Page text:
Anatomy of a Facebook Page

So today is day 3 of our discussion of switching to a Facebook Page because of the changes to Facebook Groups.  Now a couple questions have come up this week that I want to address first.

  1. We’re talking about Facebook Pages that are customer-facing when we discuss creating Pages. Groups should still be used for Teams.  This is a place to have more private conversations, do recognition, share training, etc.  Just let your team members know that they’ll be added to your Group when they join your team. Then they’ll be emailed automatically when things happen in the Group, so they can stay up to date.  Facebook Pages are public, and not the place to have team discussions.
  2. You cannot simply convert your Group into a Page. You’re going to have to start over.  Stinks, I know.  In fact, I’ve just started this process with my own Group.  I messaged all members, and invited them to come over to my new Page.  I’m also going to post a message about the new Page on my Group’s wall.

So today I want to talk about the anatomy of a Facebook Page.  Let’s talk about what a Facebook Page contains, and how to interact with them.  Here’s a view of my new Facebook Page.

In a lot of ways this looks like a Profile.  There’s a main photo, tabs along the top of the wall, a place to write status updates, etc.  So what makes this different from a Profile?  Well first of all, it’s fully indexed by Google.  That means that the search engines can find your Page.  Second, you can get analytics (called Insights) about how people interact with your Page.  This can help you improve the value of the posts you share.  Third, there is a lot of customization that you can do with a Facebook Page.  You’ll note that I’ve added a tab with my blog, a tab where you can sign up for my newsletter, and a Poll to the screen you see above.

I want to caution you here, though.  It can be SO EXCITING to add bells and whistles to your Facebook Page.  You feel like you need to add everything under the sun to make it MOST effective for your business (and there are plenty of social media “experts” who will tell you to do just that, without considering the skill level and time needed to make it work…repeat after me…your job is to book, sell, recruit, not have the world’s best Facebook Page.)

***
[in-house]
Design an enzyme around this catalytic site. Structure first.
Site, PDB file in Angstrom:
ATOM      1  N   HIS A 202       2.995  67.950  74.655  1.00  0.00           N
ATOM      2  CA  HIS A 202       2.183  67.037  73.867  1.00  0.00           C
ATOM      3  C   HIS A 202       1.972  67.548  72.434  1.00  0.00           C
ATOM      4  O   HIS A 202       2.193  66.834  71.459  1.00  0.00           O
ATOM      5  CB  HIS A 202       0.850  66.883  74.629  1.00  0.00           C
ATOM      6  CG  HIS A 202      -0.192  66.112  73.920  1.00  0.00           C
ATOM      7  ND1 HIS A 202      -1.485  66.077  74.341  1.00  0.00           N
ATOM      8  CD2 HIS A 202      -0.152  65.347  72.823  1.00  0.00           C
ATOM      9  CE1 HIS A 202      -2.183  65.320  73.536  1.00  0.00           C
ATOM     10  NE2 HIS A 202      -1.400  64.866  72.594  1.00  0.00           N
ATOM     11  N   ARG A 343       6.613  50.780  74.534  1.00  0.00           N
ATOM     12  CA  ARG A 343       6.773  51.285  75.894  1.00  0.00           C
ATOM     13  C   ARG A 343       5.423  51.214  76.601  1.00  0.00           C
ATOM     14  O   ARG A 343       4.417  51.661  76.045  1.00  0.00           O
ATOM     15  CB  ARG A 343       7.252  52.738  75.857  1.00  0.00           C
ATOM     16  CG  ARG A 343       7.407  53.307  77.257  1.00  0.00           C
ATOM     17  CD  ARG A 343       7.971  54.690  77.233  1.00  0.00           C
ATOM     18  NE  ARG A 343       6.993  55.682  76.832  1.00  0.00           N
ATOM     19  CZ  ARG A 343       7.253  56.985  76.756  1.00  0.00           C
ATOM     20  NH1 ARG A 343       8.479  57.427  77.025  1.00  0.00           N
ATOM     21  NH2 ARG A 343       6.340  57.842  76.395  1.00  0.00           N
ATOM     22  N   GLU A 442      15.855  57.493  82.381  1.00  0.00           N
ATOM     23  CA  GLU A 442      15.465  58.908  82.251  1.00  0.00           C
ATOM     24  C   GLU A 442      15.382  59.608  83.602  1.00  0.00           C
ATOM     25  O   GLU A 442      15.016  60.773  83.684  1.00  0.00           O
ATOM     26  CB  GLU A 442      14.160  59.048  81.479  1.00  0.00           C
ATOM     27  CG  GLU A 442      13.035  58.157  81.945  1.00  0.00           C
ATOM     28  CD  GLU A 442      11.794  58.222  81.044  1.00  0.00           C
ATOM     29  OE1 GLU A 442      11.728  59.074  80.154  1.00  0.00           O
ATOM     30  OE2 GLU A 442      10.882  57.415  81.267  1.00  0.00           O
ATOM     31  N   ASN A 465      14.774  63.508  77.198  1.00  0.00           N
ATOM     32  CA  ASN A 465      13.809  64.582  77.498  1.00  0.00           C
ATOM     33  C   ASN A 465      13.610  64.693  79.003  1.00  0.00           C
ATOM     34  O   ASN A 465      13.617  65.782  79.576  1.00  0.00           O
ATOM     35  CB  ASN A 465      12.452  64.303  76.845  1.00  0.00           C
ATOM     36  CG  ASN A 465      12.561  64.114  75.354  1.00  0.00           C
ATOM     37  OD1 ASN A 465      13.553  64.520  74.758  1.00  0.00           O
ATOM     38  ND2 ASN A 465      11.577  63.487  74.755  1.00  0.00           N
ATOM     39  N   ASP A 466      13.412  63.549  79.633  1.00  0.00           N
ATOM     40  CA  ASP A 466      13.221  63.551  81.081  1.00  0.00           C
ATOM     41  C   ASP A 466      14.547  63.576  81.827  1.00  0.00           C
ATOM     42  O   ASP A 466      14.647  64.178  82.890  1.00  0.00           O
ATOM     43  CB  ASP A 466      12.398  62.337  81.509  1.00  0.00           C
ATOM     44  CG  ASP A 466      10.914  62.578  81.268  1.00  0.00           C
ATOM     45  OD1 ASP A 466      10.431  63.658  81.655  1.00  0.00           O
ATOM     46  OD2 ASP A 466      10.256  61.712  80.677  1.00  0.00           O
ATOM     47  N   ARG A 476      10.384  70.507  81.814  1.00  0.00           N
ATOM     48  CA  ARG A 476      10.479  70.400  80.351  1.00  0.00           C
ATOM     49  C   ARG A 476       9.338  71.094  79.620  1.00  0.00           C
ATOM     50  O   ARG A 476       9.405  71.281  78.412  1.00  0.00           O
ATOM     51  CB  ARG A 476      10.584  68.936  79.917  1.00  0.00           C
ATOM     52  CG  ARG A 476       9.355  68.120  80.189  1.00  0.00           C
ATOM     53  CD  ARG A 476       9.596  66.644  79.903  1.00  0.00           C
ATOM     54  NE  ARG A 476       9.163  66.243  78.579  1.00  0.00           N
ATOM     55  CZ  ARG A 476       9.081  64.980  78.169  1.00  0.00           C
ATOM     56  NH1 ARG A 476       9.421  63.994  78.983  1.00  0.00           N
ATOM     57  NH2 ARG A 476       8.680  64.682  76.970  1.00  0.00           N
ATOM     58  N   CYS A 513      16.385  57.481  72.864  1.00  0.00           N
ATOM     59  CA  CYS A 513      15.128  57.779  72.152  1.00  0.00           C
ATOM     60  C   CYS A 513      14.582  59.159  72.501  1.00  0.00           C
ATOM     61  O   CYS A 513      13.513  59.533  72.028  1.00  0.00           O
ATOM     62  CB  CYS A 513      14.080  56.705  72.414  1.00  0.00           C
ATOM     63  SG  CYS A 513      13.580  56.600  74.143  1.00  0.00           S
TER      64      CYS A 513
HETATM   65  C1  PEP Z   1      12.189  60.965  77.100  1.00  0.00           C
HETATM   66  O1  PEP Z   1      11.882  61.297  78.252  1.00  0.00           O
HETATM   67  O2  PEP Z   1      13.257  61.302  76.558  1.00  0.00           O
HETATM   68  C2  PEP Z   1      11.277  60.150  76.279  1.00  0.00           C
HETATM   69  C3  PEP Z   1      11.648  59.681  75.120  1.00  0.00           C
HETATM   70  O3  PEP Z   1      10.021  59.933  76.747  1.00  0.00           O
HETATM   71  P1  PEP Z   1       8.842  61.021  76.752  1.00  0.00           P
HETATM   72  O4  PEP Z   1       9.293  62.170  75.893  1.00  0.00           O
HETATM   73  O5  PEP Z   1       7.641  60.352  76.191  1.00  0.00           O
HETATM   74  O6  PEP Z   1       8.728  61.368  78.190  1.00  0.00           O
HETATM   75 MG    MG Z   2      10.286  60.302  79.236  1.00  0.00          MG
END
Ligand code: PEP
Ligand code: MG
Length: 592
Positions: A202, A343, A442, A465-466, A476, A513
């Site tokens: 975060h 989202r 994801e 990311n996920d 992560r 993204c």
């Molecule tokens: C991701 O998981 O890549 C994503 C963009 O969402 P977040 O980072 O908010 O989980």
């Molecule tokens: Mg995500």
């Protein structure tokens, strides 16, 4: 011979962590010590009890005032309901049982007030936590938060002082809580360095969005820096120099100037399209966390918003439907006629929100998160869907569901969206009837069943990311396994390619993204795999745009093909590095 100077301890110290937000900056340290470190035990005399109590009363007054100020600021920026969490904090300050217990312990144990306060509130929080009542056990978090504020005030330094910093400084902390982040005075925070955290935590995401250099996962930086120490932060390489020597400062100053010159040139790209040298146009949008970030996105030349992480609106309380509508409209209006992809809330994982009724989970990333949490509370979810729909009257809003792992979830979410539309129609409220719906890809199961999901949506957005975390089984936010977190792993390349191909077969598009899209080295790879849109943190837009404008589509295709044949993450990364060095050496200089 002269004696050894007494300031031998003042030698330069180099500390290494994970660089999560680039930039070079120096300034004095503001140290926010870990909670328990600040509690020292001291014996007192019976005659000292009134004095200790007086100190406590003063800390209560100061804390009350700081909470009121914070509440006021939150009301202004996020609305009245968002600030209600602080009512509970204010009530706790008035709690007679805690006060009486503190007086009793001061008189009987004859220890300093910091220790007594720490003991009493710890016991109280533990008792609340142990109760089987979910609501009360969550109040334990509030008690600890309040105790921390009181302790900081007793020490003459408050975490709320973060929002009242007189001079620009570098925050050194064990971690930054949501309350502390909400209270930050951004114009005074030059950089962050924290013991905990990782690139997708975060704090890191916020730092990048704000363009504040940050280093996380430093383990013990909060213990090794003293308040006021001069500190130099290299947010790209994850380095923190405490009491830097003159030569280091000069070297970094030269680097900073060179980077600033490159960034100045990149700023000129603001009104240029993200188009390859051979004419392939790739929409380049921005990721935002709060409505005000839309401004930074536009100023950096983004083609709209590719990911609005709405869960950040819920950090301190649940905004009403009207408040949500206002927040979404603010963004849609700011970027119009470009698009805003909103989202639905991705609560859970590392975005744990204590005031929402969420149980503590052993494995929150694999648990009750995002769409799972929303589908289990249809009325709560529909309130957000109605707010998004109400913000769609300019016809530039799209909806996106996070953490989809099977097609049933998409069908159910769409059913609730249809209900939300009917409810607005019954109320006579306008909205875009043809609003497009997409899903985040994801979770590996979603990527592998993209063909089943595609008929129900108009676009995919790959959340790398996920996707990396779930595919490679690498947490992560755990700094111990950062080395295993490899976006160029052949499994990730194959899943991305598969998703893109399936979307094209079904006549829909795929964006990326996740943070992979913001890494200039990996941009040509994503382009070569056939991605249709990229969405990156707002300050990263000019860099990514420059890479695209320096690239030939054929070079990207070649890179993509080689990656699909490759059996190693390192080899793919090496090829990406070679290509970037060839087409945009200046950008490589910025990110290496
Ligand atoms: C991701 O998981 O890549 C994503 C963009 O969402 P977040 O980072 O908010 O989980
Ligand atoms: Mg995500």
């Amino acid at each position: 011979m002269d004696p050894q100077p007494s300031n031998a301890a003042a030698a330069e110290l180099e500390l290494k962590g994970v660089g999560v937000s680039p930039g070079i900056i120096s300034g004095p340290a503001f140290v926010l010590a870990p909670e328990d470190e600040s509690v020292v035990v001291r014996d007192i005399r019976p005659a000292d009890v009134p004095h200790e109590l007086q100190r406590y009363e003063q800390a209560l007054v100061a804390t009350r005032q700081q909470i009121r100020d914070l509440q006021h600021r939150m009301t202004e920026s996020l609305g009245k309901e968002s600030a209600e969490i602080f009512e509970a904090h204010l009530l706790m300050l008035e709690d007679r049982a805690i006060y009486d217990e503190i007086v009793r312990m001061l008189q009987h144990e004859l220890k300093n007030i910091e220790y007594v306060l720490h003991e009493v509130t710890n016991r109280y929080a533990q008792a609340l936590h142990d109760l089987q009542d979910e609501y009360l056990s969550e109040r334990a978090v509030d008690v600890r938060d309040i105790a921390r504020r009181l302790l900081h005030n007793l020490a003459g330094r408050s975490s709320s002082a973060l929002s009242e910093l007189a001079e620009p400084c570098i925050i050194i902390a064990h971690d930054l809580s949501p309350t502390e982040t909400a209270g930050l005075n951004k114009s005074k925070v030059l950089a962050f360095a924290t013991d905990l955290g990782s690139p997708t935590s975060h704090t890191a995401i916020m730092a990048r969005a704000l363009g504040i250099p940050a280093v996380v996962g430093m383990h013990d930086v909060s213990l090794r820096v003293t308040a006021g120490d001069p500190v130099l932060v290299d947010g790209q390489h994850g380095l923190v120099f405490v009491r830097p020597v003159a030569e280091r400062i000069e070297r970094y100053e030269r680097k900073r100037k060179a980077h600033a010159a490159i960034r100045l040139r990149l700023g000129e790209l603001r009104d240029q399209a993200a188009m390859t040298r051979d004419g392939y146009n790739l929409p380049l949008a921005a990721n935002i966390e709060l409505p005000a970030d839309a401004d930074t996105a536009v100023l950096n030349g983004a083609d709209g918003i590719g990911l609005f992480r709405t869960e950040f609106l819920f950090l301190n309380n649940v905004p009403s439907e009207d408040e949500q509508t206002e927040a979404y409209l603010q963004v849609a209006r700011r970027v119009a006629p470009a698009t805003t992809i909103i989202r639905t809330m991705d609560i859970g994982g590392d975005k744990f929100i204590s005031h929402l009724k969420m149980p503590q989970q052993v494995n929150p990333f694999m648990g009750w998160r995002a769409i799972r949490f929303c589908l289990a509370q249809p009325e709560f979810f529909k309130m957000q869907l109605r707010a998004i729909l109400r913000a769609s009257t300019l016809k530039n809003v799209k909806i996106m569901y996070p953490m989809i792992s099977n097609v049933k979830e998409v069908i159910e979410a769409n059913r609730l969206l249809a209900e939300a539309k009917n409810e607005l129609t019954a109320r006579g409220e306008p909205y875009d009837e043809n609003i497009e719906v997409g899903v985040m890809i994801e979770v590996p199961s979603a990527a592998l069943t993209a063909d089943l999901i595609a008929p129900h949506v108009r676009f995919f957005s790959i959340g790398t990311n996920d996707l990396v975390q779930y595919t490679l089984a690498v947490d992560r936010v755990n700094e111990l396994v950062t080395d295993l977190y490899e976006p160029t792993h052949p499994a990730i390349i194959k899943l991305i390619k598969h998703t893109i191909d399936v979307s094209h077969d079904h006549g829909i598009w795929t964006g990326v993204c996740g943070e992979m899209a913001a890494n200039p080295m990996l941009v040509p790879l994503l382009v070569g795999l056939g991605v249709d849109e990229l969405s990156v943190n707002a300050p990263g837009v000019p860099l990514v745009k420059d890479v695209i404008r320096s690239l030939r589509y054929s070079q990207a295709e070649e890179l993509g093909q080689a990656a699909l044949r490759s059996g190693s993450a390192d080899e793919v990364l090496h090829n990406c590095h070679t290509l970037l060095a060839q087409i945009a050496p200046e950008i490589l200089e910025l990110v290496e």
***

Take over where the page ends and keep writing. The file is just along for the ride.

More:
The thing is, what is most important, still, is building relationships.  Your Profile and your Page work in concert in order to do this most effectively.  With a Page, I can’t message individual people.  I have to do that through my Profile.  I also can’t see what’s going on with people through my Page.  I have to go and view their Profiles once we’ve become friends (again, through my Profile.)

So Pages are an “outward” face.  You can see what people choose to share or ask there.  But it doesn’t provide you with the high level of insight and interaction that a Profile does.  I still highly recommend that you friend as many customers and prospects as you can through your Profile.  Sure, invite them to check out your Page too.  But most relationship-building happens through a Profile.  The Page is just the place for more specific business messages (as well as value-driven content.)

When you first visit a Page, you have the opportunity to “Like” that page.  You do that by clicking the “Like” button near the top.  Then, you’ll see the updates from that Page in your news feed (Facebook home page), just like you would updates from your friends. To return to the Page, you can simply type the name of the Page in the search bar along the top (if you type Jennifer Fong in the search bar, you should come up with my Page, Profile, and Group…this is why I tell you to include your full name in your Page name…people are going to search for YOU, not the cute name you come up with.)